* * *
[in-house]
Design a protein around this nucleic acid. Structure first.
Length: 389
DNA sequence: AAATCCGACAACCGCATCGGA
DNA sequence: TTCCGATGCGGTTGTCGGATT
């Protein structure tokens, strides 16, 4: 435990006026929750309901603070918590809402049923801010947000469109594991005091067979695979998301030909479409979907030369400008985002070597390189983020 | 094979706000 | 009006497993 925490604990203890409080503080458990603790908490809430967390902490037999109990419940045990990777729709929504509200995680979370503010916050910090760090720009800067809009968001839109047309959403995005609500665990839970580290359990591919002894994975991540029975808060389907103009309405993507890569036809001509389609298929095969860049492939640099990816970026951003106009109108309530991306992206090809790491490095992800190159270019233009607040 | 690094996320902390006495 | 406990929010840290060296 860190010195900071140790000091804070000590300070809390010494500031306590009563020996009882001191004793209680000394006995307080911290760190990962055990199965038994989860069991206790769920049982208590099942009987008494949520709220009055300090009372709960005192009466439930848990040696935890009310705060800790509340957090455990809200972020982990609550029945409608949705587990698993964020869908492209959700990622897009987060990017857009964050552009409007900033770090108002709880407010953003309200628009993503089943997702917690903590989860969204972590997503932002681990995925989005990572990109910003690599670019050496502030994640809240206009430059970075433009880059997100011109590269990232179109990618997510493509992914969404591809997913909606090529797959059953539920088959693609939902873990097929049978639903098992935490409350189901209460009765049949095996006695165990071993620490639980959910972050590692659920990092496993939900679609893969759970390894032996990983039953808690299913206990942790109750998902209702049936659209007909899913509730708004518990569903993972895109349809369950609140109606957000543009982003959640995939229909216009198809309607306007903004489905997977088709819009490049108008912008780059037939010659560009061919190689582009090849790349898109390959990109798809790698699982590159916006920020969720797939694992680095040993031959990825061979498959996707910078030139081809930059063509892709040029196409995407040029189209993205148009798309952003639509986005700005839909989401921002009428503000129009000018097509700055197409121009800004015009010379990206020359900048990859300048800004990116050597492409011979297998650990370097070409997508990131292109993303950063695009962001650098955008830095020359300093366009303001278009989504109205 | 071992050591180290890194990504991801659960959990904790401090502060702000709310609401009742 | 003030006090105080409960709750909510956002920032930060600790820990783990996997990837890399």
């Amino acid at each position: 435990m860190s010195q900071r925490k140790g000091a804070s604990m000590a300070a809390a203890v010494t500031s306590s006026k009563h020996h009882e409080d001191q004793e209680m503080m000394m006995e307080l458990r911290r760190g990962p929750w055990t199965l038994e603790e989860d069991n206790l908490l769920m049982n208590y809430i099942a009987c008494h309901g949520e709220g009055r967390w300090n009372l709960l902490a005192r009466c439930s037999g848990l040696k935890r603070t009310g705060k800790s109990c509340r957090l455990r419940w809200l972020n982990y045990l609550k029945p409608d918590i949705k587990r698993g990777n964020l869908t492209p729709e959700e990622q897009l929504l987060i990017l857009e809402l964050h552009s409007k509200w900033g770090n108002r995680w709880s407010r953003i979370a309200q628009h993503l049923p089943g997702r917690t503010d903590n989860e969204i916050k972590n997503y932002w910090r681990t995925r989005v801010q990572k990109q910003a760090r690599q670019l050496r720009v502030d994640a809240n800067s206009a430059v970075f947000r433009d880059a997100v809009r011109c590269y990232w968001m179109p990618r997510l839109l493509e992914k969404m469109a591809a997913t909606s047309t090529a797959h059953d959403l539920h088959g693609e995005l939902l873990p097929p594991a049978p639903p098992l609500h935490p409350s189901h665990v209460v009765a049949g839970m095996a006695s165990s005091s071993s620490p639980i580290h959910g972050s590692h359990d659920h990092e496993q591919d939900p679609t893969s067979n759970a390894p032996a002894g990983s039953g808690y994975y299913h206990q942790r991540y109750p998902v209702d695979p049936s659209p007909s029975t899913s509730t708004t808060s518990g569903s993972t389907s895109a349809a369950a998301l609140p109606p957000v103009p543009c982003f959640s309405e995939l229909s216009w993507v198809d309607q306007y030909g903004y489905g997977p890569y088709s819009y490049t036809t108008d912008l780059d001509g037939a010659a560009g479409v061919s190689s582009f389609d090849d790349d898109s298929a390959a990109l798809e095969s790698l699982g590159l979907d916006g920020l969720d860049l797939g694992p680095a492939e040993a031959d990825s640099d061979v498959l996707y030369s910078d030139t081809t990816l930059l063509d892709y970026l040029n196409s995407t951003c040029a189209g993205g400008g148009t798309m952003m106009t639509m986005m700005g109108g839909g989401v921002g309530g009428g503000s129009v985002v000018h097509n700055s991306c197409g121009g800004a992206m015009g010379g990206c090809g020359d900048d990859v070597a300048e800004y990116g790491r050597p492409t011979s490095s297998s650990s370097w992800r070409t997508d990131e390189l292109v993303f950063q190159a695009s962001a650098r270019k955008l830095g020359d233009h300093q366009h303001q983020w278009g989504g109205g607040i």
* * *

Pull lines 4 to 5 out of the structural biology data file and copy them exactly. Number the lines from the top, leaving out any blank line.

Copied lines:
DNA sequence: AAATCCGACAACCGCATCGGA
DNA sequence: TTCCGATGCGGTTGTCGGATT